24 October, 2019

Property Guides

 

Among all the purchases you will make in your life, buying your first home may be the most daunting. A first time home buyer in Malaysia could be overwhelmed by the amount of considerations that need to be taken before signing on the dotted line, or, in this case, several dotted lines (think booking form, Sales and Purchase agreement, loan agreement etc.)

Fret not. Help is here to get you started.

Tip 1: Knowing the purpose and suitability of your first home purchase. 

Very often, there is a mismatch between a dream home and a suitable home, especially for a first-time home buyer in Malaysia. This is because you may not be clear about your intention for buying a home. Is the property for your own stay? Or is it an investment property to rent out?

If it is for your own stay, do you prefer landed property or a high-rise unit? How many people will be staying in it? How far will you need to travel for your daily commute? What sort of surroundings/amenities do you prefer – a place that is laid back and ‘away from it all’ or one that is more vibrant with an urban beat and bustling vibe?

Mah Sing home buyer

Photo by chuttersnap

If it is for investment, what sort of tenant profile are you looking for? Families? Single working adults? Expatriates? These and other factors will determine the location and size of the property you intend to buy.

Once you have determined what sort of home suits your purpose, you will be more focused on where to look and more importantly, what to avoid.

Tip 2: Do you prefer a clean slate or a place with bells and whistles?

 

With the purpose in mind, do you want a property that is empty so you have full control over its furnishings and fittings? Or do you prefer a fully–furnished one to save you the hassle of turning a bare unit into one you can live in? Many developers are offering value-added packages for interior decorating for those who appreciate moving into a unit that is kitted-out to varying degrees. These packages can be a better bargain than engaging external interior design services separately.

  

Tip 3: How will you finance your home purchase?

In Malaysia, home buyers typically have to fork out a minimum of 10% down payment for properties which will be financed. A first-time home buyer can benefit from programs available to facilitate home-ownership. The My First Home Scheme (Skim Rumah Pertamaku) allows first-time home buyers, aged 35 and below, to obtain 100% loan from financial institutions on properties valued between RM100,0000 and RM400,000. A pre-requisite is a monthly income not more than RM5,000. Do explore other schemes such as the BSN My Home (Housing Scheme for Youths) where stamp duty on the transfer of ownership and facility documents are exempted and initial assistance with monthly instalments is also provided, as well as programs like Perumahan Rakyat 1 Malaysia (PR1MA), Rumah Selangorku and Residensi Wilayah which aims to provide affordable housing to certain income-segments of the population.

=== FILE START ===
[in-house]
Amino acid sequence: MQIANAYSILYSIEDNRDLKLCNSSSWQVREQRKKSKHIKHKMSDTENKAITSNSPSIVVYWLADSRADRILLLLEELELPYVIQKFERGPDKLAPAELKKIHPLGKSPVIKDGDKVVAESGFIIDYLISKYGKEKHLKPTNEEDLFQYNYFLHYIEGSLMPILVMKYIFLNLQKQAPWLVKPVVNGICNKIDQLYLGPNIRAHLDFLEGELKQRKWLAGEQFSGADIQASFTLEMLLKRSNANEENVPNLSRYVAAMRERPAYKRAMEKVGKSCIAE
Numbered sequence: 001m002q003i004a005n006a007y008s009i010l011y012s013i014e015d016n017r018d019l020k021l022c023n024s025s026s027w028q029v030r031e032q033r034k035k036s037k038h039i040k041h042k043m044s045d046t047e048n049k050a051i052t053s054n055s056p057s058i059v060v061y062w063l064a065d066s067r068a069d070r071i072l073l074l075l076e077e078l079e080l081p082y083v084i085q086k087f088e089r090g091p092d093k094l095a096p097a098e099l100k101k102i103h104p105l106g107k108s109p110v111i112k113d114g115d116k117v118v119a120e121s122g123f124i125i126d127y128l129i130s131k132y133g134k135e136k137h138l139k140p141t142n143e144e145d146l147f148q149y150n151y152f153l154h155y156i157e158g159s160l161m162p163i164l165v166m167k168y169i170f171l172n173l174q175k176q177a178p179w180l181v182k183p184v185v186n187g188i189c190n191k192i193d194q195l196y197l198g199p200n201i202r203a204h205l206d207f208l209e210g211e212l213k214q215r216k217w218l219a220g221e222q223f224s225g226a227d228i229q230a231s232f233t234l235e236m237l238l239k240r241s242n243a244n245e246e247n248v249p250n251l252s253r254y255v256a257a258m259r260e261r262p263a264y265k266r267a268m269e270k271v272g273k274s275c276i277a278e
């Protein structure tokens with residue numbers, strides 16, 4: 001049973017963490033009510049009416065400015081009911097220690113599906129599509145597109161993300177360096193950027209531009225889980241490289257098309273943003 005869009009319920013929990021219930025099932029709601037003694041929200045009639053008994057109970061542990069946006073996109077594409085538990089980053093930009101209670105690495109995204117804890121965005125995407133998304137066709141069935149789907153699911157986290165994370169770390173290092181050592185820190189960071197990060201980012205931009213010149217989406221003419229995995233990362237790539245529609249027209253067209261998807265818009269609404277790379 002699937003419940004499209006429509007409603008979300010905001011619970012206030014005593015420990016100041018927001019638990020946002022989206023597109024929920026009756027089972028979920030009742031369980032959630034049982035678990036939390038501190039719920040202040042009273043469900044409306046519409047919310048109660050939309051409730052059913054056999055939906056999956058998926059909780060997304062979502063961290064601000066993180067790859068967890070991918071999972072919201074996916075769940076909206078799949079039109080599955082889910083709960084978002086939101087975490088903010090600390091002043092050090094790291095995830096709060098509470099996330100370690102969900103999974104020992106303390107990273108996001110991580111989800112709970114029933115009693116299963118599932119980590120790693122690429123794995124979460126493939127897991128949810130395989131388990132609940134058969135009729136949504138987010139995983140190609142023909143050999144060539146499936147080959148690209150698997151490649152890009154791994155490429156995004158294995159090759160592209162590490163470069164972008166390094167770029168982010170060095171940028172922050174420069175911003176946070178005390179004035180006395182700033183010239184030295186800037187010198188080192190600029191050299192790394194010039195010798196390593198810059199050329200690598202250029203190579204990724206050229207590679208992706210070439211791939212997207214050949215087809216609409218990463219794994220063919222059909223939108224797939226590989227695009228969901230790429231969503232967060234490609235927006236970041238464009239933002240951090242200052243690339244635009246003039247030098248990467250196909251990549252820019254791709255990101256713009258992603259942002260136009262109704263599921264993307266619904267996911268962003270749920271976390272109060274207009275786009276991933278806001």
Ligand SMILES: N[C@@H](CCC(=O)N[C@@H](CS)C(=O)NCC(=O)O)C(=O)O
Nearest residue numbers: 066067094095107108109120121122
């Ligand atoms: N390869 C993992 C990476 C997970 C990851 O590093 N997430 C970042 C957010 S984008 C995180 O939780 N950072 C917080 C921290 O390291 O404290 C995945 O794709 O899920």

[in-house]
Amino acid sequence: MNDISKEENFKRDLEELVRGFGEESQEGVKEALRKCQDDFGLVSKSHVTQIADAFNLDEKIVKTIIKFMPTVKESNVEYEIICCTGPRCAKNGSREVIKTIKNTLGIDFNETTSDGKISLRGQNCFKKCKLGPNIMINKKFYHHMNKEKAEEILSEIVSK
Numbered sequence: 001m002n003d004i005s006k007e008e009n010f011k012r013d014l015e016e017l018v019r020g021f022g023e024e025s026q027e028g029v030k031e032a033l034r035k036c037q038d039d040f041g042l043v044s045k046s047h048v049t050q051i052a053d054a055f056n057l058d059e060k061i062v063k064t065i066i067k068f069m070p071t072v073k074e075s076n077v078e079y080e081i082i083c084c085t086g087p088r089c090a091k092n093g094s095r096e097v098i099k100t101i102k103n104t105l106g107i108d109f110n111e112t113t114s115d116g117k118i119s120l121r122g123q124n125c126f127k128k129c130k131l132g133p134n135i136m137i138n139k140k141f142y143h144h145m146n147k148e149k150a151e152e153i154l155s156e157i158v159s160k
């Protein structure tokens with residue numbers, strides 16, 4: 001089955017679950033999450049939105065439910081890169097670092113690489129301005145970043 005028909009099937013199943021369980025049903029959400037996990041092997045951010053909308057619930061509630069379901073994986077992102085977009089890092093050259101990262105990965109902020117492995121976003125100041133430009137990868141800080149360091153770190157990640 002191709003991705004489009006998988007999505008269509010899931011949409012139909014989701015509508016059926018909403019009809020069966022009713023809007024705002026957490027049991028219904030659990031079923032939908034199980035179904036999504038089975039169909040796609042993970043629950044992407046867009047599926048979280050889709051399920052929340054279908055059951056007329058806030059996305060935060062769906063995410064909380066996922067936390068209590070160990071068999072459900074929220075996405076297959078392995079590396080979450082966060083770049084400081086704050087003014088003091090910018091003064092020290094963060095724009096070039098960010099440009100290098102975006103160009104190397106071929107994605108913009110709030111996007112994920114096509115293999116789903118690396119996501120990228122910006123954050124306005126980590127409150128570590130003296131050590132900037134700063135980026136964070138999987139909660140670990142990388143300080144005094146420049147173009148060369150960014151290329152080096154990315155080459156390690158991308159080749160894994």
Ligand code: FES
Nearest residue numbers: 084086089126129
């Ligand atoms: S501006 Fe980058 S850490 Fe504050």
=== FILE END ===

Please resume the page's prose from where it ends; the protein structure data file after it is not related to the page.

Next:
It is also important to determine what sort of home loan/financing will suit your appetite/ repayment capability which will require a basic understanding of loan offerings in Malaysia.

House Purchase

Photo by Kelly Sikkema

Tip 4: Additional costs in purchasing a home for first-time home buyer in Malaysia 

If you are buying a home for the first time, you may not be aware of the miscellaneous costs that come with home-ownership. There is the stamp duty for transferring ownership title – also known as the memorandum of transfer (MOT) – that is calculated as 1% for the first RM100,000; 2% on the next RM400,000; and 3% on the remaining amount. There is also the Sales & Purchase Agreement (SPA) legal fees, which is 1% for the first RM500,000; 0.8% on the next RM500,000, and between 0.5% – 0.7% for the subsequent amount. SPA stamping fees may cost about RM100. There is also the SPA legal disbursement fee, loan agreement legal fees, stamp duty for loan agreement, loan facility agreement legal disbursement fee, and not to mention, government tax on legal agreements. Some developers offer attractive subsidies or exemptions for the above fees.

For high rise condominiums and gated/guarded communities, there is also the service charge or maintenance fee and sinking fund that owners need to pay. New property launches may throw in free maintenance for a certain number of months so you may also garner significant savings.

With the above tips in mind, you are now better informed to embark on your first home-buying experience, god-speed!

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